Some supporters also hope Blair will conclude that he should cease to portray himself as a global diplomat. "Tony is damaged goods over Iraq," says one minister. He suggests that the latest grand tour of the United States (for Blair's congressional medal), China, Hong Kong and Japan should be his last. "He might repair the damage eventually, but it is time to retrench, to focus on the domestics." Blair alluded to the limits of foreign affairs in a dinner speech to the great and the good of the "progressives" world on 12 July. He recalled canvassing in Hackney, in the East End of London, in the late 1970s, knocking on the door of one elderly woman, handing her a CND leaflet and promising her that the borough would become a nuclear-free zone. Blair told his audience that the woman replied: "I haven't got nuclear weapons. I've got rats."
The domestic agenda is - as ever with Blair - one of piecemeal reform wrapped up in radical language. Behind the scenes, away from the overheated arguments about foundation hospitals and tuition fees, the government is discreetly pushing through its agenda of the marketisation of public services. Overall "delivery" may be happening, but at a far slower pace than Blair wanted, and disproportionate to the investment. Downing Street was alarmed at a recent Audit Commission report that pointed to a 40 per cent increase in resources for the National Health Service against only 14 per cent improvement in output. That is now largely out of his hands. Measuring improvements, in any case, is extremely difficult. Voters are more likely to rely on subjective personal experience than discredited national targets and performance indicators.
Some around Downing Street now acknowledge that, from the start of the 2001 election, they got the tone of the public services debate wrong. Zealots around Blair allowed it to be set purely in terms of private versus public. "Our arguments were framed in an unnecessarily confrontational way against the public sector," says one minister. Will Blair now see radicalism in terms more imaginative than simply teaching his party a few home truths? There is little evidence so far that he will. Where are the big new ideas that could actually galvanise Labour supporters? There is some new thinking going on around the idea of "life chances", of producing more facilities and opportunities for parents with small children, to focus more on the education needs of the very young. There is some thinking around "pay as you go" for certain services, especially in transport, where Blair is increasingly attracted to the experiment of congestion charging, launched by Ken Livingstone, the Mayor of London, and to road tolls. But it is still at an early stage. "Tony is impatient with ideas. He is not sure they matter that much," says one supporter.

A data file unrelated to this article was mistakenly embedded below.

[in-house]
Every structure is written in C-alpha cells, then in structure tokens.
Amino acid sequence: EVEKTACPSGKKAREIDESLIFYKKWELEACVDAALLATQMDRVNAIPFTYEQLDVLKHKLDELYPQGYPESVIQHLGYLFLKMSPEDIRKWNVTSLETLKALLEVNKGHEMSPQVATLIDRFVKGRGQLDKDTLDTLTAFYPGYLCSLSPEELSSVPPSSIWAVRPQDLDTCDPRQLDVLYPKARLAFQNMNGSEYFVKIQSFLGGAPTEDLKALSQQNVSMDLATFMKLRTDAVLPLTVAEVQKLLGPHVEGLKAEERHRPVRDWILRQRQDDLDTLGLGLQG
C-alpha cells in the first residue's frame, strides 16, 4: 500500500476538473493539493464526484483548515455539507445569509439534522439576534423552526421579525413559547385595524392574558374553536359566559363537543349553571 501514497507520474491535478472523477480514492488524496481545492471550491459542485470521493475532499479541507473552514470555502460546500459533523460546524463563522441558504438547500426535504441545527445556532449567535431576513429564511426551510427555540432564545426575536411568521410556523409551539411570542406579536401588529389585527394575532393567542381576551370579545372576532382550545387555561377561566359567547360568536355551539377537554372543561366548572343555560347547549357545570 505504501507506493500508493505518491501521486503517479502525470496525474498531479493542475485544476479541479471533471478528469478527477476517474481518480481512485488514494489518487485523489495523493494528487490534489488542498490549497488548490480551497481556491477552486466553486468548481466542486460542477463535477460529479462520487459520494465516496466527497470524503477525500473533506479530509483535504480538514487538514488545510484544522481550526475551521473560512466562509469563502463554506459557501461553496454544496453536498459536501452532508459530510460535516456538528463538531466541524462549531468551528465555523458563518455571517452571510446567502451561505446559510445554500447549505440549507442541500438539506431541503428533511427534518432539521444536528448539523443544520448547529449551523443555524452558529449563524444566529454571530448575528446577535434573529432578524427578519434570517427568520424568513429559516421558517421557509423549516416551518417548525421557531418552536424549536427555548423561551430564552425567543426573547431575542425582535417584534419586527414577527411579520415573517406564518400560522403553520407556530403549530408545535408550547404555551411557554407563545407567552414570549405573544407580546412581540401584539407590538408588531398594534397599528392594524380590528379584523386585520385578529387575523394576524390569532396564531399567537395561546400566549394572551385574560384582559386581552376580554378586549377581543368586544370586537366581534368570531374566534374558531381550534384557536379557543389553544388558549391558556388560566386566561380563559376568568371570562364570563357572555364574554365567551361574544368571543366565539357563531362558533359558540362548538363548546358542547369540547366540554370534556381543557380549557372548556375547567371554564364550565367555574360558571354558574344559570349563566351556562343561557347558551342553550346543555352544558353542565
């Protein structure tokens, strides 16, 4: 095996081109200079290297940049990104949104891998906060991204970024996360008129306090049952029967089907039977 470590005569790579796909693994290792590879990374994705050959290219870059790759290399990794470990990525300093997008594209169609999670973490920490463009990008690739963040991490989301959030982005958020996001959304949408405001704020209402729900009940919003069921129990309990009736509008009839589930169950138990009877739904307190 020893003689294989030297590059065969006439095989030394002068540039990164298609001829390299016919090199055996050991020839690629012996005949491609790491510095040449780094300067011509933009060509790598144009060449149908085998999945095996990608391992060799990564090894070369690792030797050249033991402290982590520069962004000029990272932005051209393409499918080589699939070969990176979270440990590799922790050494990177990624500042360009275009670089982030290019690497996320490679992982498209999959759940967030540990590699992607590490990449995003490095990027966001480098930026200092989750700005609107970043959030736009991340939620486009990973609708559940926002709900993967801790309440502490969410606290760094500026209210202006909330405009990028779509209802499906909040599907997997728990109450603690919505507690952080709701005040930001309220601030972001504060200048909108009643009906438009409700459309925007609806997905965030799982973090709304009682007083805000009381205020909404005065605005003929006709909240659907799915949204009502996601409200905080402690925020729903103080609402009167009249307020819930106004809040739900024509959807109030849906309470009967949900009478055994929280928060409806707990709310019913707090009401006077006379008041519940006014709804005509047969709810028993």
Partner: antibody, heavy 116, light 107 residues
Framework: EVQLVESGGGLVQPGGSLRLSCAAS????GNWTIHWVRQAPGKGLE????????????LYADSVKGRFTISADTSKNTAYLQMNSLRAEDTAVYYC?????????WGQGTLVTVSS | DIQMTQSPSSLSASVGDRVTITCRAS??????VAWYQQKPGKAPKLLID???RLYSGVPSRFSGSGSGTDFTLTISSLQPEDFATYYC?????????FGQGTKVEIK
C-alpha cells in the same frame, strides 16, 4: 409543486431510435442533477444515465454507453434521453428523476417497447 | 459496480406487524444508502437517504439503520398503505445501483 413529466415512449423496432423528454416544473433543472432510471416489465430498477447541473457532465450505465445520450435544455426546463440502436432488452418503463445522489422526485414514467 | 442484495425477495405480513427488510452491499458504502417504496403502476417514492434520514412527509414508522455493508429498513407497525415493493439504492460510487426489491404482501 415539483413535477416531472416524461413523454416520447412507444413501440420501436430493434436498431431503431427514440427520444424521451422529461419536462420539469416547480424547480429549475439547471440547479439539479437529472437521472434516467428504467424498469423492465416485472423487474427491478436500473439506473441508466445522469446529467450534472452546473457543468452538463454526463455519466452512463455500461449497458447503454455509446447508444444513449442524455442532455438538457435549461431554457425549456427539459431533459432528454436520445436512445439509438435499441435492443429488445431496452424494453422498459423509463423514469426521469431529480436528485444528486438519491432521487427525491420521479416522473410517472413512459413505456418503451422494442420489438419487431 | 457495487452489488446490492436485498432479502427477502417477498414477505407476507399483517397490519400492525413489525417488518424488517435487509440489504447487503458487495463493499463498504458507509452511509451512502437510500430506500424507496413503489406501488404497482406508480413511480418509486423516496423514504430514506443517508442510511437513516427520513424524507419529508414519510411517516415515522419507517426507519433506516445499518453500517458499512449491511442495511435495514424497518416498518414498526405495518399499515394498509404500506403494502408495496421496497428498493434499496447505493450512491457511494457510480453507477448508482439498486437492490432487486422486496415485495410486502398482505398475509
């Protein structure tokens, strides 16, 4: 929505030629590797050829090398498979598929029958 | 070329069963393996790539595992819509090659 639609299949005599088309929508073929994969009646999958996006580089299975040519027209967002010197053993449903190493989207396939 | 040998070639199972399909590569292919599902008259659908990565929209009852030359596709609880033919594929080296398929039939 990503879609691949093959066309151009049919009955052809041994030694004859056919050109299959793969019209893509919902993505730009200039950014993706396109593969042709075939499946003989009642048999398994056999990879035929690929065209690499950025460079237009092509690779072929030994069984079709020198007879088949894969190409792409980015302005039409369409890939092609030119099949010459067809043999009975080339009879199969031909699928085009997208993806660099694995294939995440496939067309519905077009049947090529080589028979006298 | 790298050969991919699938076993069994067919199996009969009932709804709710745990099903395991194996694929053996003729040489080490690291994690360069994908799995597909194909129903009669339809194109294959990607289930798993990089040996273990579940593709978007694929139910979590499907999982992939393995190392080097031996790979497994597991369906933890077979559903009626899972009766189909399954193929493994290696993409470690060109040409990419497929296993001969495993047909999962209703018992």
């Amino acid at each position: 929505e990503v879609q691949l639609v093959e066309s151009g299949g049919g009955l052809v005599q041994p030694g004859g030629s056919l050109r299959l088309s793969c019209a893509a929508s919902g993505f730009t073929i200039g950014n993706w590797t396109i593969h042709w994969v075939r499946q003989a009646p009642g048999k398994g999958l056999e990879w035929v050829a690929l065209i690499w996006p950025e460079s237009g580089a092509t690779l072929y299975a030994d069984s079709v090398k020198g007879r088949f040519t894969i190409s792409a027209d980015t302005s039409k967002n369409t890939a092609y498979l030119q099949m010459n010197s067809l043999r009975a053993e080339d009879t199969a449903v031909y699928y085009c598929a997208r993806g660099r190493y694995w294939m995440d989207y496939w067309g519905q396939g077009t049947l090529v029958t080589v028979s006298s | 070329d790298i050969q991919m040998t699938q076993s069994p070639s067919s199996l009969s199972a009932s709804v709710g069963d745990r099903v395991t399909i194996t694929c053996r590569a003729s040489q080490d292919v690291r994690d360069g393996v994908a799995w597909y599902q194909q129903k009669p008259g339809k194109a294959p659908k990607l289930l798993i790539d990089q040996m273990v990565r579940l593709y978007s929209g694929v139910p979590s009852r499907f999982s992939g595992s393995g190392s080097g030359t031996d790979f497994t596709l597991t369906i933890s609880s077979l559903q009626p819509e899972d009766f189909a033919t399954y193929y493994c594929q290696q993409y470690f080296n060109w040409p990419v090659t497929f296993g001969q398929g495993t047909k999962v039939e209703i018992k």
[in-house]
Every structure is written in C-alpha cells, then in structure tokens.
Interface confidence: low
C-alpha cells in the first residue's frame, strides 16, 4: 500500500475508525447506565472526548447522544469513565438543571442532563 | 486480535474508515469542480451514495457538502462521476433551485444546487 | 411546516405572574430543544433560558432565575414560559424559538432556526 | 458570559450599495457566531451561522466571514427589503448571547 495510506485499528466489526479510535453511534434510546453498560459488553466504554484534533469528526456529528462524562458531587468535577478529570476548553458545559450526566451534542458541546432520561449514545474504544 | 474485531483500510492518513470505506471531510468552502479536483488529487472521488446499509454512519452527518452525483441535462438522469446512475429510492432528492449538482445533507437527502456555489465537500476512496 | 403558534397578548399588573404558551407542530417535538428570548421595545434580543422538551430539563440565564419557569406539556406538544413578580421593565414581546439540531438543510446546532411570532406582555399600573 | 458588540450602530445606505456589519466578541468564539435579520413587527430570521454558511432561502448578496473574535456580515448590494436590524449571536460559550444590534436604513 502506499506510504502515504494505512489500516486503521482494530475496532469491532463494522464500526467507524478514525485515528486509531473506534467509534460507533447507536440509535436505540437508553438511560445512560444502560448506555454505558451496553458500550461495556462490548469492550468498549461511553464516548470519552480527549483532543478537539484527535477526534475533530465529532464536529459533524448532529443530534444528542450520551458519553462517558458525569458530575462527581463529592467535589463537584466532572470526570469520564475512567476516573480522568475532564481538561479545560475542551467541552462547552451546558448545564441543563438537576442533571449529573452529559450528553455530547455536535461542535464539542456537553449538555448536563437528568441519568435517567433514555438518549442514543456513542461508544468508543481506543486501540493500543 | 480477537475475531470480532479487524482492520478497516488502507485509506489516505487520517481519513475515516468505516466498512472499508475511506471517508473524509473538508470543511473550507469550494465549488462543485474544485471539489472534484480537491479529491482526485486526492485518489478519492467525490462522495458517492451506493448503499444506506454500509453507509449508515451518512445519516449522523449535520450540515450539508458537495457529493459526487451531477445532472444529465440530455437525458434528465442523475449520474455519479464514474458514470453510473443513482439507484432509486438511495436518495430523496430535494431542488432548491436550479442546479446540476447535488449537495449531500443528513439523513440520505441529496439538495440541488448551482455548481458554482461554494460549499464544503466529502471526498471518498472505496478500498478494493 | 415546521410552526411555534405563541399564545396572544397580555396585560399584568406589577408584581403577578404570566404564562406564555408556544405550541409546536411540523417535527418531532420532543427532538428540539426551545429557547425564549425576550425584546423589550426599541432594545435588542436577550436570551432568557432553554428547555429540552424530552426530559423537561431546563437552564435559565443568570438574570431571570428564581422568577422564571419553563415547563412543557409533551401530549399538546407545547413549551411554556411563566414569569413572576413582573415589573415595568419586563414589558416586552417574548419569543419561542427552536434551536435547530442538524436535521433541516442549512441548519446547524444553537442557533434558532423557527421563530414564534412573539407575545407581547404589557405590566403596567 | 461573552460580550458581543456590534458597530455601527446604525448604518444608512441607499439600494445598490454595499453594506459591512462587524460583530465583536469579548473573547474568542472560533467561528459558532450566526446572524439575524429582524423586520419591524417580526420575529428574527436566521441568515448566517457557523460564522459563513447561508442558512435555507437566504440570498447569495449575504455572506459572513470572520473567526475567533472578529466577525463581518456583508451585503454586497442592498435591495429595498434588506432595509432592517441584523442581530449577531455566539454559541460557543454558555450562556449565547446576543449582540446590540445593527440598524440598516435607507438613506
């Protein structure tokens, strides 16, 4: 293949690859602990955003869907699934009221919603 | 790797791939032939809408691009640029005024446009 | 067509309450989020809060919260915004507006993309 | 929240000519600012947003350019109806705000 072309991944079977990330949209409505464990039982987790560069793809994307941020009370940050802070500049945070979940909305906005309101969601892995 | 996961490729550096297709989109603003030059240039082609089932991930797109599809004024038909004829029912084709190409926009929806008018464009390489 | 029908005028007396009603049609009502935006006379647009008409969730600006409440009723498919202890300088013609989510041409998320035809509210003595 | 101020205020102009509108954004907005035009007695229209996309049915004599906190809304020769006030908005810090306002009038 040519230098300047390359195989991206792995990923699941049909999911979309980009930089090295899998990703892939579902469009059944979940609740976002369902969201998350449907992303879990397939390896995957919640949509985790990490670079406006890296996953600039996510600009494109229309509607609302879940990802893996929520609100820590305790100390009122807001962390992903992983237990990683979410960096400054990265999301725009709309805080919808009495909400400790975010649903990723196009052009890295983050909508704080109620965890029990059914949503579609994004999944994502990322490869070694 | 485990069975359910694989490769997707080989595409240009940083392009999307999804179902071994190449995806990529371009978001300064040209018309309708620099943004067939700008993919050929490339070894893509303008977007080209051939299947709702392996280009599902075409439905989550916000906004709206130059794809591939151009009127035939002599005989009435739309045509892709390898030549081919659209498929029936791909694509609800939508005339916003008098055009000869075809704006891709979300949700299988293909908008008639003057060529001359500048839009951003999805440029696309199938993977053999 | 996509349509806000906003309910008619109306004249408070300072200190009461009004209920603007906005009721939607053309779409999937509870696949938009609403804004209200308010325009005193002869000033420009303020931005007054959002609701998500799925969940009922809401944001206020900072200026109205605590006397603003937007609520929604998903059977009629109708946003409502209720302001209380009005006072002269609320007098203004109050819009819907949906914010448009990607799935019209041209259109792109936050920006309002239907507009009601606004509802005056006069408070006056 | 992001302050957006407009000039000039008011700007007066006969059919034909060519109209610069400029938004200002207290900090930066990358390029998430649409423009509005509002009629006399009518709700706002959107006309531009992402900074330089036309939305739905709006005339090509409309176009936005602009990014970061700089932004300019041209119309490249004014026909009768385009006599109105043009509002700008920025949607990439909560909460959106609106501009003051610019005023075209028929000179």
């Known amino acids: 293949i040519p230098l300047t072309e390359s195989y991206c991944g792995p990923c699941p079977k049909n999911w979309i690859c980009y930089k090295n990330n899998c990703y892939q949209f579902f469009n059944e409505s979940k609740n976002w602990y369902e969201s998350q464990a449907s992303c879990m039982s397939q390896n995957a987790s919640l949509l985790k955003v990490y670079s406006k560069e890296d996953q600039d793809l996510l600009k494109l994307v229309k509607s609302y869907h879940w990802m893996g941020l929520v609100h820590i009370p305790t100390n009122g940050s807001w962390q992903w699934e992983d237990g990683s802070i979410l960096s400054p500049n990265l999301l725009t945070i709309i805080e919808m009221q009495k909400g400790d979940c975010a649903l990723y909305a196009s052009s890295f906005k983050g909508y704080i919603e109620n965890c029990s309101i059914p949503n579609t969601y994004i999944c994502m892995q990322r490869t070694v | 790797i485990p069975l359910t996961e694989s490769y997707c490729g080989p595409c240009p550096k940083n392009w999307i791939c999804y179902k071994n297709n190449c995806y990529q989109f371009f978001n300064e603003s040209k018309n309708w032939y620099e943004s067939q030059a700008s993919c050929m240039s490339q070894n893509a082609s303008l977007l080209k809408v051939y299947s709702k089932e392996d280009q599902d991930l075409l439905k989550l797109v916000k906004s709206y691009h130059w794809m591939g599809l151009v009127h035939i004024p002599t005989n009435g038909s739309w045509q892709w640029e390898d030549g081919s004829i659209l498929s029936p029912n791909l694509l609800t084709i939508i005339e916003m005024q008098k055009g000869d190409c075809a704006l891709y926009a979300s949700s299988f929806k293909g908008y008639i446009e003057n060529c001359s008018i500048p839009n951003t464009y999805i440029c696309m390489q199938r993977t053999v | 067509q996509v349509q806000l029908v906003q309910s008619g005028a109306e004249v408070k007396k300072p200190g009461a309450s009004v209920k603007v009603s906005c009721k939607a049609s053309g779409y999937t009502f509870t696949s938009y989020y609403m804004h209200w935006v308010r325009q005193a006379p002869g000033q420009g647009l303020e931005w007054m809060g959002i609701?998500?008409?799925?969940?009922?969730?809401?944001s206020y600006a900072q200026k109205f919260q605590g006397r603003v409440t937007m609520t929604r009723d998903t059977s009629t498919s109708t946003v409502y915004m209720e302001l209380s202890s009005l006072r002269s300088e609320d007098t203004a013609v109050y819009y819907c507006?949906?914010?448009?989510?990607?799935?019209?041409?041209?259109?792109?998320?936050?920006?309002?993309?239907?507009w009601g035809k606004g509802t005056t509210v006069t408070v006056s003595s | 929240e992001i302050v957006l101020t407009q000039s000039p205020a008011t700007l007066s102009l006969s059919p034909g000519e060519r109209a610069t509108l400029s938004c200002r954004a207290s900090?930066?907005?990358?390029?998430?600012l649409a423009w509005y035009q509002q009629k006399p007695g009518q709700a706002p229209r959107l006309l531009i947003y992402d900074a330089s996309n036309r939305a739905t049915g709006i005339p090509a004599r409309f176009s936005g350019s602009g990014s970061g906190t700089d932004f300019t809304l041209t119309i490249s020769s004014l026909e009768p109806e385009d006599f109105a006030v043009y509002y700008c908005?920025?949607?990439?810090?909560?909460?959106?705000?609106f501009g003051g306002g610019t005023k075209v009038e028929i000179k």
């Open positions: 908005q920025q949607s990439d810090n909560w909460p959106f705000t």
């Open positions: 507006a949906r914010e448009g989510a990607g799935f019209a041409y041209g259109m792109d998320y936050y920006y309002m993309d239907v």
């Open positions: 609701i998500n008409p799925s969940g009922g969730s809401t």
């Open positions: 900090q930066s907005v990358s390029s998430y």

Party headquarters, meanwhile, is hoping to instil greater enthusiasm and discipline by defining the whole of the next two years in terms of the general election. The real battle, however, will take place beyond that. Even among trusties in Downing Street, it is no longer taboo to think of life after Blair. (When it comes to Alastair Campbell's future, ministers do not talk of if he will go, but when, with the shortest odds on some time between the end of the party conference in October and Christmas.) Alliances are being carefully formed. Positions are being taken. With the departure of Alan Milburn, the prospects for the ultra-Blairites (for that now read "Kinnockites") have never been so slim. Charles Clarke has always been seen as the likely fall-back, but Patricia Hewitt is receiving some support. David Blunkett could offer himself up as a candidate, but he has been seen assiduously courting the Chancellor recently.
The most intriguing alliance is between Robin Cook and Peter Hain. The two were long-time allies, with Hain urging Cook to stand for the leadership after John Smith's death. Cook tried to have Hain installed as minister for Europe in May 1997, only for the Prime Minister to veto the idea. Relations between the two cooled for a while, but they are now closer again. Hain is working himself into a position to stand as the candidate of the "inside left", with the previous roles being reversed and Cook backing him from the outside. His recent spat with Blair over tax will not have done him harm.
And yet, for all the talk of alternatives, Gordon Brown's position appears stronger than it has been for some time. The Blairites' talk of elbowing him out of the Treasury and into the Foreign Office now seems as far-fetched as their assertions that the threat from Iraq was "real and growing". Brown will stay just on the right side of the fence as the battles over tuition fees and foundation hospitals reach their peak. But everyone knows where he stands.